“homo,” homozygous for alleles from the non-diapause strain; “hetero,” heterozygous for those from the diapause and non-diapause strains. In the cases of per, Clk, and cyc (rows 1, 3, and 4), the blue and red lines almost overlap in each graph, indicating that there was no allelic effect on diapause incidence. In the cases of tim and cry (rows 2 and 5), the blue lines are always higher than the red lines in each graph, indicating that there is an effect of allelic differences on diapause incidence; furthermore, the blue and red lines are completely parallel in the combination of tim and cry, indicating that there is no interaction effect between them. These effects were confirmed by the statistical analysis.

The dominance of the diapause character in the diapause strain is apparent from the results in F1 females (Fig. 1B). The finding of a diapause incidence of about 50% in BC females suggests that the occurrence of diapause is controlled by a single locus. However, this is unlikely, because our genotyping analysis using molecular markers indicated that there were additive effects of multiple loci (Fig. 3), or, at least, two loci located in the regions including tim and cry and another locus on the X chromosome (but not per). The difference in diapause incidences between BC females homozygous for all five genes and those heterozygous for all five was 67.0% (see a red circle on the far-right column in Fig. 3). It was 60.9% between BC females homozygous for both tim and cry and heterozygous for both (the alleles of the other three genes were not fixed) (see a red circle on the 12th column from the left in Fig. 3), indicating that the incidence of diapause was strongly influenced by the two regions including tim and cry. However, note that 28.0% of BC females entered the diapause state even if they had tim and cry alleles from the non-diapause strain (see a red bar on the 12th column from the left in Fig. 3), indicating that there are other genes or regions that control diapause, besides the two regions including the two markers. This is consistent with the findings of a previous study that the differences in photoperiodic response in D. triauraria are due to genes at three or four loci, at least one of which is on the X chromosome [38]. Currently, however, we cannot exclude the possibility that the strong effects we detected are caused by genes located near tim and cry, not by tim and cry themselves.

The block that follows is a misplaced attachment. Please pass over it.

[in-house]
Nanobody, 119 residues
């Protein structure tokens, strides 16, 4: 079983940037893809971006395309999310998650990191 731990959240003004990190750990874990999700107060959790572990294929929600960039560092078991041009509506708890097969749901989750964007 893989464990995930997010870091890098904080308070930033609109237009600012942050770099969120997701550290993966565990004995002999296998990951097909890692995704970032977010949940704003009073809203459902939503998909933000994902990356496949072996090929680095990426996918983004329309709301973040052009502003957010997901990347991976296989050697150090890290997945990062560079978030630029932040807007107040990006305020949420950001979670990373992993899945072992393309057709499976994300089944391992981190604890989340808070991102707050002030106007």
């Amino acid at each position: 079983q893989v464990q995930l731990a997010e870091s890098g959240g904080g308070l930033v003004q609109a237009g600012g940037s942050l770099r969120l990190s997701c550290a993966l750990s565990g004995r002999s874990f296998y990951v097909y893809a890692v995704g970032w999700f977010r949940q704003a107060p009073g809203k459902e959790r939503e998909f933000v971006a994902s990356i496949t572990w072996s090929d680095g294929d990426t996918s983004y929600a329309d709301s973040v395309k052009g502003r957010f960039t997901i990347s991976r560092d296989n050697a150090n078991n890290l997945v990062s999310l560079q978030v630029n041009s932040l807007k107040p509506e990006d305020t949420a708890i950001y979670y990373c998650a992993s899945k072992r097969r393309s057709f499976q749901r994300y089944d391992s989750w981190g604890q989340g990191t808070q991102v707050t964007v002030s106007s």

Recently, two independent QTL mapping studies revealed that single genes control natural variations in the incidence of diapause in D. melanogaster: one is Dp110, which encodes insulin-regulated phosphatidylinositol 3-kinase [62], and the other is couch potato (cpo), which encodes an RNA-binding protein [63]. In the process leading to photoperiodic diapause, at least two components must be considered: one by which photoperiodic information is received and time is calculated, and the other, endogenous, process by which clock information is transmitted to responsive organs, such as the ovaries in reproductive diapause in Drosophila [55], [64]. The two abovementioned genes are considered responsible for the latter endogenous process, but not for the former one [29], [62][69]. It is not known whether tim and cry are associated with the photoperiodic timer or the endogenous process. We are interested in whether allelic differences in Dp110 and cpo are associated with differences in the incidence of diapause between D. triauraria strains. Both genes are located close to cry in D. melanogaster (cpo 90D1-E1, cry 91F11, Dp110 92F3).